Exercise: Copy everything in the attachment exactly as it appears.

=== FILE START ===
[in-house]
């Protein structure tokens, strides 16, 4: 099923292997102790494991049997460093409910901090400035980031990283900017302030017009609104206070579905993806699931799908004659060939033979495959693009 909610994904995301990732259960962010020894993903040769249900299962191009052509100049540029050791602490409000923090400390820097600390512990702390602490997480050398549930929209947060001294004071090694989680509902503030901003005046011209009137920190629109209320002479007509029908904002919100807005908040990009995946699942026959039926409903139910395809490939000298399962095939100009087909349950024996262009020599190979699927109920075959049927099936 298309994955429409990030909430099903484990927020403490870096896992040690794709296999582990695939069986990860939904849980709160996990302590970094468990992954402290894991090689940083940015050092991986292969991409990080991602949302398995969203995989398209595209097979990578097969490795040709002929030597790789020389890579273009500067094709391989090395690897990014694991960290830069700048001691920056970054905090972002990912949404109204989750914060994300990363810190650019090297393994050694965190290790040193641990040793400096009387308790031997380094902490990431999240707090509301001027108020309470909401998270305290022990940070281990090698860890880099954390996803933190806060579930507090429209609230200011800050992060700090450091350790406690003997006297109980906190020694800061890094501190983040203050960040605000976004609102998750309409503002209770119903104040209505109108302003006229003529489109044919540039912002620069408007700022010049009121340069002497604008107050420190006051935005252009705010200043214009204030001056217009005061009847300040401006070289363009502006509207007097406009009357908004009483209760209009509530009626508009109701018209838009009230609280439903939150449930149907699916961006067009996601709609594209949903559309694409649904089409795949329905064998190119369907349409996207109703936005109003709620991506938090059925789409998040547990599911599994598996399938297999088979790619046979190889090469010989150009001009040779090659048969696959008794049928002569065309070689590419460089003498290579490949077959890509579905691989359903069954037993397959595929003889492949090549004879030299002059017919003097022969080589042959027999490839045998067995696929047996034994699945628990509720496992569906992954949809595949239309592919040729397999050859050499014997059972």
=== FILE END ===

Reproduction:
[in-house]
């Protein structure tokens, strides 16, 4: 099923292997102790494991049997460093409910901090400035980031990283900017302030017009609104206070579905993806699931799908004659060939033979495959693009 909610994904995301990732259960962010020894993903040769249900299962191009052509100049540029050791602490409000923090400390820097600390512990702390602490997480050398549930929209947060001294004071090694989680509902503030901003005046011209009137920190629109209320002479007509029908904002919100807005908040990009995946699942026959039926409903139910395809490939000298399962095939100009087909349950024996262009020599190979699927109920075959049927099936 298309994955429409990030909430099903484990927020403490870096896992040690794709296999582990695939069986990860939904849980709160996990302590970094468990992954402290894991090689940083940015050092991986292969991409990080991602949302398995969203995989398209595209097979990578097969490795040709002929030597790789020389890579273009500067094709391989090395690897990014694991960290830069700048001691920056970054905090972002990912949404109204989750914060994300990363810190650019090297393994050694965190290790040193641990040793400096009387308790031997380094902490990431999240707090509301001027108020309470909401998270305290022990940070281990090698860890880099954390996803933190806060579930507090429209609230200011800050992060700090450091350790406690003997006297109980906190020694800061890094501190983040203050960040605000976004609102998750309409503002209770119903104040209505109108302003006229003529489109044919540039912002620069408007700022010049009121340069002497604008107050420190006051935005252009705010200043214009204030001056217009005061009847300040401006070289363009502006509207007097406009009357908004009483209760209009509530009626508009109701018209838009009230609280439903939150449930149907699916961006067009996601709609594209949903559309694409649904089409795949329905064998190119369907349409996207109703936005109003709620991506938090059925789409998040547990599911599994598996399938297999088979790619046979190889090469010989150009001009040779090659048969696959008794049928002569065309070689590419460089003498290579490949077959890509579905691989359903069954037993397959595929003889492949090549004879030299002059017919003097022969080589042959027999490839045998067995696929047996034994699945628990509720496992569906992954949809595949239309592919040729397999050859050499014997059972």